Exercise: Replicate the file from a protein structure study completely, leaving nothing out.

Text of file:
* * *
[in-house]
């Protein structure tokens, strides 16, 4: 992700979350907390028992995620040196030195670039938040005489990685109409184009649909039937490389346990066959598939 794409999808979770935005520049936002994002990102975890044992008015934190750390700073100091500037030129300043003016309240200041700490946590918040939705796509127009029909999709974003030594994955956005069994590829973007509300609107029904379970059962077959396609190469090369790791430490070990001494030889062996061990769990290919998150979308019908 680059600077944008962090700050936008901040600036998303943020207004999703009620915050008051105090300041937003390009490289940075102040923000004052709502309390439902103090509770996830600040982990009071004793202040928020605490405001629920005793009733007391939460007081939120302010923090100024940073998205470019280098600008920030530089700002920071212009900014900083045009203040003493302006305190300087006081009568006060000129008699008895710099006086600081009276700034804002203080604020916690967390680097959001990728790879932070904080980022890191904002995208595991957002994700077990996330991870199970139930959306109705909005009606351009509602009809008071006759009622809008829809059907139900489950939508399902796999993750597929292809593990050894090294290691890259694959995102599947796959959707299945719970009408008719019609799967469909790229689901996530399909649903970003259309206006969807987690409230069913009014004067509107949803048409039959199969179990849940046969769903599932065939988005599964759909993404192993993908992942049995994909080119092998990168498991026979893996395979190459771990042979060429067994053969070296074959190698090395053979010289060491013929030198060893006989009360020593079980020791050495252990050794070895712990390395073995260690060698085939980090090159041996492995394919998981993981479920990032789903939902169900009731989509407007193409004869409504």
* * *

[in-house]
């Protein structure tokens, strides 16, 4: 992700979350907390028992995620040196030195670039938040005489990685109409184009649909039937490389346990066959598939 794409999808979770935005520049936002994002990102975890044992008015934190750390700073100091500037030129300043003016309240200041700490946590918040939705796509127009029909999709974003030594994955956005069994590829973007509300609107029904379970059962077959396609190469090369790791430490070990001494030889062996061990769990290919998150979308019908 680059600077944008962090700050936008901040600036998303943020207004999703009620915050008051105090300041937003390009490289940075102040923000004052709502309390439902103090509770996830600040982990009071004793202040928020605490405001629920005793009733007391939460007081939120302010923090100024940073998205470019280098600008920030530089700002920071212009900014900083045009203040003493302006305190300087006081009568006060000129008699008895710099006086600081009276700034804002203080604020916690967390680097959001990728790879932070904080980022890191904002995208595991957002994700077990996330991870199970139930959306109705909005009606351009509602009809008071006759009622809008829809059907139900489950939508399902796999993750597929292809593990050894090294290691890259694959995102599947796959959707299945719970009408008719019609799967469909790229689901996530399909649903970003259309206006969807987690409230069913009014004067509107949803048409039959199969179990849940046969769903599932065939988005599964759909993404192993993908992942049995994909080119092998990168498991026979893996395979190459771990042979060429067994053969070296074959190698090395053979010289060491013929030198060893006989009360020593079980020791050495252990050794070895712990390395073995260690060698085939980090090159041996492995394919998981993981479920990032789903939902169900009731989509407007193409004869409504």